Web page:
What would it take to grow mushrooms in space? How can mushroom cultivation help us manage, or at least make use of, invasive species such as kudzu and water hyacinth and thereby reduce dependence on herbicides? Is it possible to develop a low-cost and easy-to-implement mushroom-growing kit that would provide high-quality edible protein and bioremediation in the wake of a natural disaster?Read more...
What would it take to grow mushrooms in space? How can mushroom cultivation help us manage, or at least make use of, invasive species such as kudzu and water hyacinth and thereby reduce dependence on herbicides? Is it possible to develop a low-cost and easy-to-implement mushroom-growing kit that would provide high-quality edible protein and bioremediation in the wake of a natural disaster? How can we advance our understanding of morel cultivation so that growers stand a better chance of success?
For more than twenty years, mycology expert Tradd Cotter has been pondering these questions and conducting trials in search of the answers. In Organic Mushroom Farming and Mycoremediation, Cotter not only offers readers an in-depth exploration of best organic mushroom cultivation practices; he shares the results of his groundbreaking research and offers myriad ways to apply your cultivation skills and further incorporate mushrooms into your life whether your goal is to help your community clean up industrial pollution or simply to settle down at the end of the day with a cold Reishi-infused homebrew ale.
The book first guides readers through an in-depth exploration of indoor and outdoor cultivation. Covered skills range from integrating wood-chip beds spawned with king stropharia into your garden and building a trenched raft of hardwood logs plugged with shiitake spawn to producing oysters indoors on spent coffee grounds in a 4x4 space or on pasteurized sawdust in vertical plastic columns. For those who aspire to the self-sufficiency gained by generating and expanding spawn rather than purchasing it, Cotter offers in-depth coverage of lab techniques, including low-cost alternatives that make use of existing infrastructure and materials.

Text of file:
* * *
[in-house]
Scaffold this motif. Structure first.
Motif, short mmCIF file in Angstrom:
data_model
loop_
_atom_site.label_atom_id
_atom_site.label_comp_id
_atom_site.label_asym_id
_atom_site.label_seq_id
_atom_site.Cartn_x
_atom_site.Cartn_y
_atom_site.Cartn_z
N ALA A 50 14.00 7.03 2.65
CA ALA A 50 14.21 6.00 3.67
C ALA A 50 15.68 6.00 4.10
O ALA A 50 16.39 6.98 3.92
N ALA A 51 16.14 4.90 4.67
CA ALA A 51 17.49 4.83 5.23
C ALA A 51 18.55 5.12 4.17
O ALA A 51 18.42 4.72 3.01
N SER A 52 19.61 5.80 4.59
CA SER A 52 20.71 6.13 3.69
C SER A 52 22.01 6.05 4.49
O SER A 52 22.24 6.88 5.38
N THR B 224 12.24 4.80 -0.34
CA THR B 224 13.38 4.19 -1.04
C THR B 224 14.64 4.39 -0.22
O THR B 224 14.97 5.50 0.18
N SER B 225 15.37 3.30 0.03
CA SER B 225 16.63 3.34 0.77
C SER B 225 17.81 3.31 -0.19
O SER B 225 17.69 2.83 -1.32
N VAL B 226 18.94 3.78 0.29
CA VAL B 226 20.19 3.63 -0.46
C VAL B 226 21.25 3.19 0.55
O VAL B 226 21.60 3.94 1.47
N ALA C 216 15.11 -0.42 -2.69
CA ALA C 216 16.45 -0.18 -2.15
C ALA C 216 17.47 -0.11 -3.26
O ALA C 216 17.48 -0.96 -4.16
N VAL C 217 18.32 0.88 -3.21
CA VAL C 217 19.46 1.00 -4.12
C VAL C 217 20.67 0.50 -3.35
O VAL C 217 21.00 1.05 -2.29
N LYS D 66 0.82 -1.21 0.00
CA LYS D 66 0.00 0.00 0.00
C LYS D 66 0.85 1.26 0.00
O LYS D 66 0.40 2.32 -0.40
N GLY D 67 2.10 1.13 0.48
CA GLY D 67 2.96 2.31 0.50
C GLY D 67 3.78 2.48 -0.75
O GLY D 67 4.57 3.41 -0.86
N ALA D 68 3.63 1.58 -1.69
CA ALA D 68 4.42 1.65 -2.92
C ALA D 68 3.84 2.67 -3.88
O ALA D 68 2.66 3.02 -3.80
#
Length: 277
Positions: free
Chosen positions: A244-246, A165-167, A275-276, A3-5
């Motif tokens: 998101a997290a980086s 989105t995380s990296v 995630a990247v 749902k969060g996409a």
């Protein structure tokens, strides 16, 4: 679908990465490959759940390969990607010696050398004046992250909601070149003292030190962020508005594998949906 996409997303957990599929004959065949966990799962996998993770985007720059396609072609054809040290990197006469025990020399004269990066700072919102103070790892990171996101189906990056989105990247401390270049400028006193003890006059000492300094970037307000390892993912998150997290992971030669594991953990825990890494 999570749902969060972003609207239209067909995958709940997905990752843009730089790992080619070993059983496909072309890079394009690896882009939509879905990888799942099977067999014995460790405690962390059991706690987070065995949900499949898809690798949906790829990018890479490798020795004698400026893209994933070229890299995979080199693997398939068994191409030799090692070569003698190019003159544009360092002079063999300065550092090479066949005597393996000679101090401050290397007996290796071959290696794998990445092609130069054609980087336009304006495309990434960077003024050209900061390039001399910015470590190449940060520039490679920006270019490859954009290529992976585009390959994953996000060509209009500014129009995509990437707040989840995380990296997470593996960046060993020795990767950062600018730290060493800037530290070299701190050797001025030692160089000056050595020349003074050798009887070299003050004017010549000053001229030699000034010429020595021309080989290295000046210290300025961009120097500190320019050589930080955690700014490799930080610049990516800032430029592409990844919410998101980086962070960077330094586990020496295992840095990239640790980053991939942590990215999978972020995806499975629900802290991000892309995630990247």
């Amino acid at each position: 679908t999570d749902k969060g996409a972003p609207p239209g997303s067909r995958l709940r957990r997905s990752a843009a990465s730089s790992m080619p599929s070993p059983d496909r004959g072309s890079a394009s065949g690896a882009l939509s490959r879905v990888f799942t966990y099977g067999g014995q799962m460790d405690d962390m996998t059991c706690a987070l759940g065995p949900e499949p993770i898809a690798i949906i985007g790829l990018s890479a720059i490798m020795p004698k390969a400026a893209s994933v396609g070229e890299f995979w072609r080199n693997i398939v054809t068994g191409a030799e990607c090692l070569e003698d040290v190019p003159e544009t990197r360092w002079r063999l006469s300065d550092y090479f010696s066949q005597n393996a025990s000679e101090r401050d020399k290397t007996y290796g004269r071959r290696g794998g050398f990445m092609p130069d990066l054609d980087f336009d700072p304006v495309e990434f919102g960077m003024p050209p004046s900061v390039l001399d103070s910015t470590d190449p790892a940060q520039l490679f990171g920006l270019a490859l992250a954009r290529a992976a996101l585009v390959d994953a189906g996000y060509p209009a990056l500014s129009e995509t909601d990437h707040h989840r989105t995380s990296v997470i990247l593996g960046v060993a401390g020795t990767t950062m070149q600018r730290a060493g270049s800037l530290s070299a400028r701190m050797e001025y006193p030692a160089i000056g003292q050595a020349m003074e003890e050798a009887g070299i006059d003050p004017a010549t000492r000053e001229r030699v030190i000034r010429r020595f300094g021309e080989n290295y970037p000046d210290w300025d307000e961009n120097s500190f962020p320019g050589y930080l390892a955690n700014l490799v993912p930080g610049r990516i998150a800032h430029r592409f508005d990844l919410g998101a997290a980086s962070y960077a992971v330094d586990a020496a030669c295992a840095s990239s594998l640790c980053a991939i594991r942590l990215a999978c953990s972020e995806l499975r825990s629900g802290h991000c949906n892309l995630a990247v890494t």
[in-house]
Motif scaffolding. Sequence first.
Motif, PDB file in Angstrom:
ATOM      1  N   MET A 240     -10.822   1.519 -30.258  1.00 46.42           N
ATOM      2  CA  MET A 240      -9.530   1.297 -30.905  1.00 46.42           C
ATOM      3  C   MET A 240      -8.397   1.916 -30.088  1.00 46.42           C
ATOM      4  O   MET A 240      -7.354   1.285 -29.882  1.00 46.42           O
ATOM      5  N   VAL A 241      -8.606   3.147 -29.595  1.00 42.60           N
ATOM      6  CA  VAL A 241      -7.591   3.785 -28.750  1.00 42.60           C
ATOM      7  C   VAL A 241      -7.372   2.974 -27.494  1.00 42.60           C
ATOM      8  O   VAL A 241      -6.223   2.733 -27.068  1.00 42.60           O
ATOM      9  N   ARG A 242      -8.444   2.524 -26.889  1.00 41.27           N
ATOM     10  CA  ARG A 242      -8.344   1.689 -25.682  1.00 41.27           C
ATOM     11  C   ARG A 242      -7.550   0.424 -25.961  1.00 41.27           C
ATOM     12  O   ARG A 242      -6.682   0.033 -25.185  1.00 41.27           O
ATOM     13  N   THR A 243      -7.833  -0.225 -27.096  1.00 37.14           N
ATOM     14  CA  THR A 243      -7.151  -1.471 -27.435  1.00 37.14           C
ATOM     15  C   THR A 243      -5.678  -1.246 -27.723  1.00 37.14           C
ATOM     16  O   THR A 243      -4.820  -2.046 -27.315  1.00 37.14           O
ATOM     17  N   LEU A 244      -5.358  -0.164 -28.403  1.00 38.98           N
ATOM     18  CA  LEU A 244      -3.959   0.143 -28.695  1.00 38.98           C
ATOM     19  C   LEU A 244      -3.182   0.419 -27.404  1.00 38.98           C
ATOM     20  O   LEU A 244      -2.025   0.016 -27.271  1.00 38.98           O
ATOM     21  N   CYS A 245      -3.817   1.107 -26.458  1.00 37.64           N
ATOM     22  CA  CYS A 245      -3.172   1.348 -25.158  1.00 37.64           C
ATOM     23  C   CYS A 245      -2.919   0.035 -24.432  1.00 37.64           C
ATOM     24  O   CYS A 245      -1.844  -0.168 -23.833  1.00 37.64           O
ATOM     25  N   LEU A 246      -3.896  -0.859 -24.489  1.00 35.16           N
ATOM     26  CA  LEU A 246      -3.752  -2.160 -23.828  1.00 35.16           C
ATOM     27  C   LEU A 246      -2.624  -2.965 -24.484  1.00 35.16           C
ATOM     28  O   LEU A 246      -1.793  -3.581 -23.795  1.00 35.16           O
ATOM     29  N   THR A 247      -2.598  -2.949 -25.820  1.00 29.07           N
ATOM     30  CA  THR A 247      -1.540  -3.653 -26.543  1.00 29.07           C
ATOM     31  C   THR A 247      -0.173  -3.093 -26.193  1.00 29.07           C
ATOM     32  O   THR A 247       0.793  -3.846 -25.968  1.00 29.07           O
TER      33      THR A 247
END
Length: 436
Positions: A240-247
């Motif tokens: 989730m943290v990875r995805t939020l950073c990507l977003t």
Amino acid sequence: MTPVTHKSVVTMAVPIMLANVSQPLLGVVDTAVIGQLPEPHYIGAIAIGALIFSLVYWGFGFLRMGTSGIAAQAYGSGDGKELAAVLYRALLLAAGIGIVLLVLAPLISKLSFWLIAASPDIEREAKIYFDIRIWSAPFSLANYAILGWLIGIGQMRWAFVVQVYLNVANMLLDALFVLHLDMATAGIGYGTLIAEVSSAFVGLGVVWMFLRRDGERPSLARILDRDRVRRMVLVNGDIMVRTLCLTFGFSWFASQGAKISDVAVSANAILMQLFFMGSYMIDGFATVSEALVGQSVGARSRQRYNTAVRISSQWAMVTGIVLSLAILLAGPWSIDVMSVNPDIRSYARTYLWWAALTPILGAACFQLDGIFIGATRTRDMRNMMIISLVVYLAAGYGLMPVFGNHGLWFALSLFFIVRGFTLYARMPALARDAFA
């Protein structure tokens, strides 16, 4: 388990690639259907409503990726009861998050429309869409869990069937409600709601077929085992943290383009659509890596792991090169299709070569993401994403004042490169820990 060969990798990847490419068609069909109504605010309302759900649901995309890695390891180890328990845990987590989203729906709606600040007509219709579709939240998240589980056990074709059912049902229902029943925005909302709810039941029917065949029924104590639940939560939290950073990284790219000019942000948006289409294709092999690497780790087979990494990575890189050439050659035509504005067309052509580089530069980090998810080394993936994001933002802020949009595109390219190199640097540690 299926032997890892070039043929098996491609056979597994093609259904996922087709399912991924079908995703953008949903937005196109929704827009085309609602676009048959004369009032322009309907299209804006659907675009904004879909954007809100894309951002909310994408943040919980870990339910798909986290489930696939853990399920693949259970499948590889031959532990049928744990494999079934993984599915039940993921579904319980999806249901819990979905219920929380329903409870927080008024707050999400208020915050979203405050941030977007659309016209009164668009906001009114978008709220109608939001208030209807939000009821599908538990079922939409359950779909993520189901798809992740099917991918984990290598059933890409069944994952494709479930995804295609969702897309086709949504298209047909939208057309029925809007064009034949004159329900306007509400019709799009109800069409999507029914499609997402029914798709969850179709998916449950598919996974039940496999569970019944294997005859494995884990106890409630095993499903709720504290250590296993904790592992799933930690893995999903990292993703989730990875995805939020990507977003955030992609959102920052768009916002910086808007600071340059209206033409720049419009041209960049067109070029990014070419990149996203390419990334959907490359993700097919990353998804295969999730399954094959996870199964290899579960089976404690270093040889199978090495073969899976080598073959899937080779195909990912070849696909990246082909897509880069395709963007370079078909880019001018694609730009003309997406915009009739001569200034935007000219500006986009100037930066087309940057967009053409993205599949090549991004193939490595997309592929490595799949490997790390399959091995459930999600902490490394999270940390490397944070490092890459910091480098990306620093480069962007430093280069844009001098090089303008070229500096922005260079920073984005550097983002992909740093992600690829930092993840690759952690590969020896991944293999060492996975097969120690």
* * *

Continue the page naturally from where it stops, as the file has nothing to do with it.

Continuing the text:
Cotter also reports his groundbreaking research cultivating morels both indoors and out, training mycelium to respond to specific contaminants, and perpetuating spawn on cardboard without the use of electricity. Readers will discover information on making tinctures, powders, and mushroom-infused honey; making an antibacterial mushroom cutting board; and growing mushrooms on your old denim jeans.
Geared toward readers who want to grow mushrooms without the use of pesticides, Cotter takes organic one step further by introducing an entirely new way of thinking one that looks at the potential to grow mushrooms on just about anything, just about anywhere, and by anyone.
Publishers Weekly® Reviews
- Reviewed in: Publishers Weekly, page .
- Review Date: 2014-07-07
- Reviewer: Staff
This comprehensive introduction to growing and utilizing fungi has something for all mushroom-inclined readers, be they individuals curious about growing edible fungi in their backyards or basements, prospective mushroom farmers setting up large growing systems, educators from kindergarten to college levels, or innovators experimenting with eco-friendly materials. In addition to providing step-by-step directions for growing mushrooms, the book foodies, amateur scientists, and activists with esoteric and advanced applications for them, such as mushroom-infused beers; “mushroom modules” that can be used for food, water filtration, or insect control in disaster relief; and mushrooms that can be “trained” to break down specific contaminants. Both practical and passionate, Cotter offers extensive and detailed information about mushroom biology, propagation, and remediation for novices. This refreshing take goes beyond typical how-tos, which only provide rote directions and absolute answers. He has equal interest in encouraging budding mycologists, mushroom growers, and mycoremediators to observe, experiment, and add to the knowledge of this mysterious burgeoning field. (Sept.)